Customer retention refers to the ability of a company or product to retain its customers over some specified period. Here, we will measure how long we were able to retain a customer since its first date of purchase.
Customer retention refers to the ability of a company or product to retain its customers over some specified period. There are many ways to measure the data. In the last blog (blog link), we have checked MoM (Month on Month) Retention. Here, we will go through Period over Period or POP.
When it comes to dealing with DirectQuery, most of us think that columns are not allowed. But this is not true. We can directly create columns to let us explore more. Can we use date table create in Power BI for getting time intelligence?
Power BI Time Intelligence provides powerful functions to deal with Year, Quarter, and Month. But WTD and this Week vs Last Week do not have any out-of-the-box solution. Let’s quickly deal with Week Time Intelligence.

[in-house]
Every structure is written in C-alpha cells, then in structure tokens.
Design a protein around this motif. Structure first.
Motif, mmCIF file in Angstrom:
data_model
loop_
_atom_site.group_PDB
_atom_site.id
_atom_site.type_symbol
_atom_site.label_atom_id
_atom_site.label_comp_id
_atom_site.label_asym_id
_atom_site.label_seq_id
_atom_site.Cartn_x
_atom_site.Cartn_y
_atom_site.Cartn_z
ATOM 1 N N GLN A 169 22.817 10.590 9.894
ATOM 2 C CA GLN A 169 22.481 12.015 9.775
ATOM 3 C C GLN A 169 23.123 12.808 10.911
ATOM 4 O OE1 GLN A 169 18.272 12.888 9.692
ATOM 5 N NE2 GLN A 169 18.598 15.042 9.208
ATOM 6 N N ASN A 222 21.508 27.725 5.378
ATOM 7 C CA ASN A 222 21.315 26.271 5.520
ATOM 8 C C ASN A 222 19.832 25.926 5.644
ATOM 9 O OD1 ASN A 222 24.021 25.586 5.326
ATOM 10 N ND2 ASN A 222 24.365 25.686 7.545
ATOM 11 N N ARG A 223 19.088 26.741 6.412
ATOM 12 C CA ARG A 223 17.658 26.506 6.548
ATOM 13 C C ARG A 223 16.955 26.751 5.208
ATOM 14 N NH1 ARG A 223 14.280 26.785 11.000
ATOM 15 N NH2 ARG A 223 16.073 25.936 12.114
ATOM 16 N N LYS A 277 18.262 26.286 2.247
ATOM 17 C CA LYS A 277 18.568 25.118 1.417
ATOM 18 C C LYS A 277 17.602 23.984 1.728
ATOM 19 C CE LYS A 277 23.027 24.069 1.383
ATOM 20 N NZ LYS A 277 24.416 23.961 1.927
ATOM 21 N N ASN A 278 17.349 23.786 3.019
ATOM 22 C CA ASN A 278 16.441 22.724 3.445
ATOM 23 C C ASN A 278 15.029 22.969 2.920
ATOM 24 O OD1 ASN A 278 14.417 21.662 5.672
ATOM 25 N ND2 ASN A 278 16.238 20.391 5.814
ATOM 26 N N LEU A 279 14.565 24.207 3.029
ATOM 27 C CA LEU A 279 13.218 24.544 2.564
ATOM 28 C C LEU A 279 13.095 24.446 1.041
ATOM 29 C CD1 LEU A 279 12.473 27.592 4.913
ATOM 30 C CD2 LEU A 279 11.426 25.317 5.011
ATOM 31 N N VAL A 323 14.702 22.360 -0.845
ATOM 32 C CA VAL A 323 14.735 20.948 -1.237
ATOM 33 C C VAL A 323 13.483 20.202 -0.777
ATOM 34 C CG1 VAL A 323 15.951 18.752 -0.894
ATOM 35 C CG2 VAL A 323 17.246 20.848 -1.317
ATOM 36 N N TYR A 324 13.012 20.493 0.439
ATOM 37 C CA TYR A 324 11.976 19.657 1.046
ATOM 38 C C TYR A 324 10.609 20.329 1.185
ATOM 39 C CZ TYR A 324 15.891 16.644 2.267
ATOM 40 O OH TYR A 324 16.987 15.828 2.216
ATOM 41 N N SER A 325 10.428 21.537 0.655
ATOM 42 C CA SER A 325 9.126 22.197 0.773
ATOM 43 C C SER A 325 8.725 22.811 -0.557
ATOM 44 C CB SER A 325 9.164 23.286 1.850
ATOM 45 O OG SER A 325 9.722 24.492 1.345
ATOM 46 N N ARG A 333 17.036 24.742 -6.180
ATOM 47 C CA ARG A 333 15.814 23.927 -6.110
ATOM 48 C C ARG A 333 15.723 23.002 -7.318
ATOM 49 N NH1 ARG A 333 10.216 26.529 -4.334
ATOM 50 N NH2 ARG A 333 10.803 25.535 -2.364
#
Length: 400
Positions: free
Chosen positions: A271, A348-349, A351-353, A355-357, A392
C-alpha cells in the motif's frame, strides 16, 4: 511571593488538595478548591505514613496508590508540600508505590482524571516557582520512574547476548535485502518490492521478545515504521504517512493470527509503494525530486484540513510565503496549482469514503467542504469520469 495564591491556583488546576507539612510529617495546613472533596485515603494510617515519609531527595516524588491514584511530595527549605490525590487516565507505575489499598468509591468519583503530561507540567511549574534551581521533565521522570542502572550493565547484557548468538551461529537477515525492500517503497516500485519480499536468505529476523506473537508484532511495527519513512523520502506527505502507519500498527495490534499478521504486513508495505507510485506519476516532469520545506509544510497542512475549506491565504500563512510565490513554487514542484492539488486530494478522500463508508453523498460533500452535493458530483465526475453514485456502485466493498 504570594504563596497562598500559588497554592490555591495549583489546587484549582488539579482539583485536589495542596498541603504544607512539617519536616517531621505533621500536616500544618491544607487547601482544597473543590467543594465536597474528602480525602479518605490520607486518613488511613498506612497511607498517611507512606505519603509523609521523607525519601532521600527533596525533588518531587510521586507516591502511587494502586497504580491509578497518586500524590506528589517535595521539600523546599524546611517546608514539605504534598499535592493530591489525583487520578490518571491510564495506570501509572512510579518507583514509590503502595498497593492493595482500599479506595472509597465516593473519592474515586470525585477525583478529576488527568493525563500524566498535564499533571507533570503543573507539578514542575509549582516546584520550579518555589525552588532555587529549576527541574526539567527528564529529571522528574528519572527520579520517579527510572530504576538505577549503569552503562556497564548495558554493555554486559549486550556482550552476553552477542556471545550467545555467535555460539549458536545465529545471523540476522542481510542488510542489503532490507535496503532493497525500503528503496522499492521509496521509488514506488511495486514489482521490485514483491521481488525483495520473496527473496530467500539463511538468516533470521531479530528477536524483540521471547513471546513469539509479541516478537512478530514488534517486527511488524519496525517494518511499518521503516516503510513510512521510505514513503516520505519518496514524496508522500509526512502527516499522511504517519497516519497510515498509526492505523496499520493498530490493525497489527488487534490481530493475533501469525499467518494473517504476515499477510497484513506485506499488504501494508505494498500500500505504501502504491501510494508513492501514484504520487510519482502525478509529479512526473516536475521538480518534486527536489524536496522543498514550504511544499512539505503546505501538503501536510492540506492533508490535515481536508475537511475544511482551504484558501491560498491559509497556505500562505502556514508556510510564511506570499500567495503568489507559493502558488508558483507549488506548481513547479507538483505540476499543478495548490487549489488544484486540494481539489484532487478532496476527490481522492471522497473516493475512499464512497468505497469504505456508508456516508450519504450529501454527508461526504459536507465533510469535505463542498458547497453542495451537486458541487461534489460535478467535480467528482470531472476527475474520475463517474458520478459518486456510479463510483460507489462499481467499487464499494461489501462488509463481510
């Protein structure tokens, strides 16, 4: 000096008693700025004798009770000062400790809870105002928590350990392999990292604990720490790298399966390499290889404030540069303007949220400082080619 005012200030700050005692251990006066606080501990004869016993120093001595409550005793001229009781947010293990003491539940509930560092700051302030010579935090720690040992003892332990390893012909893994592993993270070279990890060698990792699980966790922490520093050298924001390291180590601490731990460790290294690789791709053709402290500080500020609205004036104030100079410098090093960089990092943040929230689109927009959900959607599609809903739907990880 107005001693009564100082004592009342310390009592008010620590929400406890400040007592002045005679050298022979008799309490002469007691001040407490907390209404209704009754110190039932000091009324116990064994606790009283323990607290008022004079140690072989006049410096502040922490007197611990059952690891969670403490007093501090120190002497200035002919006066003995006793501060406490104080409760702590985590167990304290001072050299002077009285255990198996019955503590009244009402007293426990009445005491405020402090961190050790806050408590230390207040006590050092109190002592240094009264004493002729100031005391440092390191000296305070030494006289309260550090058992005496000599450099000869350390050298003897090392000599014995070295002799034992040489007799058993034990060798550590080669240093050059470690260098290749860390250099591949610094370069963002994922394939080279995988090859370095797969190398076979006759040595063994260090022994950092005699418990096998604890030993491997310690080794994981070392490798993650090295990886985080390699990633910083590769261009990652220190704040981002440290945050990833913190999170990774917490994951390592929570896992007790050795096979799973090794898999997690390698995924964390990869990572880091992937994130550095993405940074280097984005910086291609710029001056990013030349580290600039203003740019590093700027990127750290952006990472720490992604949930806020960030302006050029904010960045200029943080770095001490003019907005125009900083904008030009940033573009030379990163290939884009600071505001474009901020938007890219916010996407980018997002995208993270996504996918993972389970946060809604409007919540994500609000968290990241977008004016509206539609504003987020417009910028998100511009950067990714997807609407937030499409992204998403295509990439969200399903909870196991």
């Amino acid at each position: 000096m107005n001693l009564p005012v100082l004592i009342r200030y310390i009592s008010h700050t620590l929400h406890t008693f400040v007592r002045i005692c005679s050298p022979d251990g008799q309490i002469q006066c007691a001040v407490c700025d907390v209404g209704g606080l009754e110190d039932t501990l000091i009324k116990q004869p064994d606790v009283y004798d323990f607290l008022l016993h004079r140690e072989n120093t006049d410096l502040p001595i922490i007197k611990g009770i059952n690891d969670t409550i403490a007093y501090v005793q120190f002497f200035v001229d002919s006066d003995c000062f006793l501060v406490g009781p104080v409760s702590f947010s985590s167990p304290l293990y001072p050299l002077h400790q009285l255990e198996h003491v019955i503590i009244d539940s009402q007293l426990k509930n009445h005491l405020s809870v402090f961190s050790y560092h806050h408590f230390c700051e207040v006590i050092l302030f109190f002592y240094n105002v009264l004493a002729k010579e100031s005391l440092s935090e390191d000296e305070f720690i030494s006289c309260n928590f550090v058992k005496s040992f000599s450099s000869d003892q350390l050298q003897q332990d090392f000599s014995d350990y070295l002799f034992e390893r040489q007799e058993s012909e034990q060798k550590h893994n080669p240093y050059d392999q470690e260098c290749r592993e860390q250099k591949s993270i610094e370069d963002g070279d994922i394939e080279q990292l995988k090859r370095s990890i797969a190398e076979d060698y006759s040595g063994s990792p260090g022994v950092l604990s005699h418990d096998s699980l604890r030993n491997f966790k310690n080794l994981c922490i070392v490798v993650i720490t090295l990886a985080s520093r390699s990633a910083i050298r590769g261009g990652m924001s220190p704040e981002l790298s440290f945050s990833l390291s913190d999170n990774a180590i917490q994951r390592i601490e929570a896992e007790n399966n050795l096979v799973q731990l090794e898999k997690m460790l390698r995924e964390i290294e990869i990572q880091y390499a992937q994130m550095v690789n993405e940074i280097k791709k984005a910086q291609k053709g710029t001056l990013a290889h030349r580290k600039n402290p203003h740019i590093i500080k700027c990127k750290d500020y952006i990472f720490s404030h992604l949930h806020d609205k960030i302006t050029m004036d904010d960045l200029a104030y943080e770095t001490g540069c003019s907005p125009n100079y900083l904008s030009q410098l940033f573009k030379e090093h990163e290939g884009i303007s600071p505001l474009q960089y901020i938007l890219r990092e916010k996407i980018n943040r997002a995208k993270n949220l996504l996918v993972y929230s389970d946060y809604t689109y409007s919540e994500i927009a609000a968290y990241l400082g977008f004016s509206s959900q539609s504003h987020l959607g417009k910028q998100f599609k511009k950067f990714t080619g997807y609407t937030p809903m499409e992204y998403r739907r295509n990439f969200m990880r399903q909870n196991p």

Power BI supports Direct Query and, when the datasets are huge, the user prefers to go for the direct query. Not all is functionality available in Direct Query Mode. In the last article, we have discussed how time intelligence works well with Direct Query. In this article, we will explore more complex measures.
The time Intelligence in Power BI makes it easy to calculate Year till date (YTD), Quarter till date (QTD) and Month till date (MTD) and to compare them to the same period last year and last period. How will this work in a Direct query environment?
Let us try to see the same in a Direct Query SQL Server Environment.
Power BI Time Intelligence functions provide a powerful way to get different types of time periods and time comparisons. Some of these are MTD, PMTD, PYMTD, MOM, MOYM, QTD, LQTD, QOQ, YTD, LYTD YOY etc. But dealing with a non-standard period can be a bit difficult, especially when months are not the standard months. In this article, we try to take on a case of non-standard periods (months).
Using DAX to compare data or metrics over time is incredibly efficient. Using a range of techniques in this post I'll show you how to analysis performance of these metrics over multi-year time periods.
One type of analysis I like to use quite often is comparing this year totals to last year totals. I want to also always make it as dynamic as possible. All I should have to do is change the context of my calculation (ie. bring in a new dimension like regions/products etc) and everything should automatically re-calculate.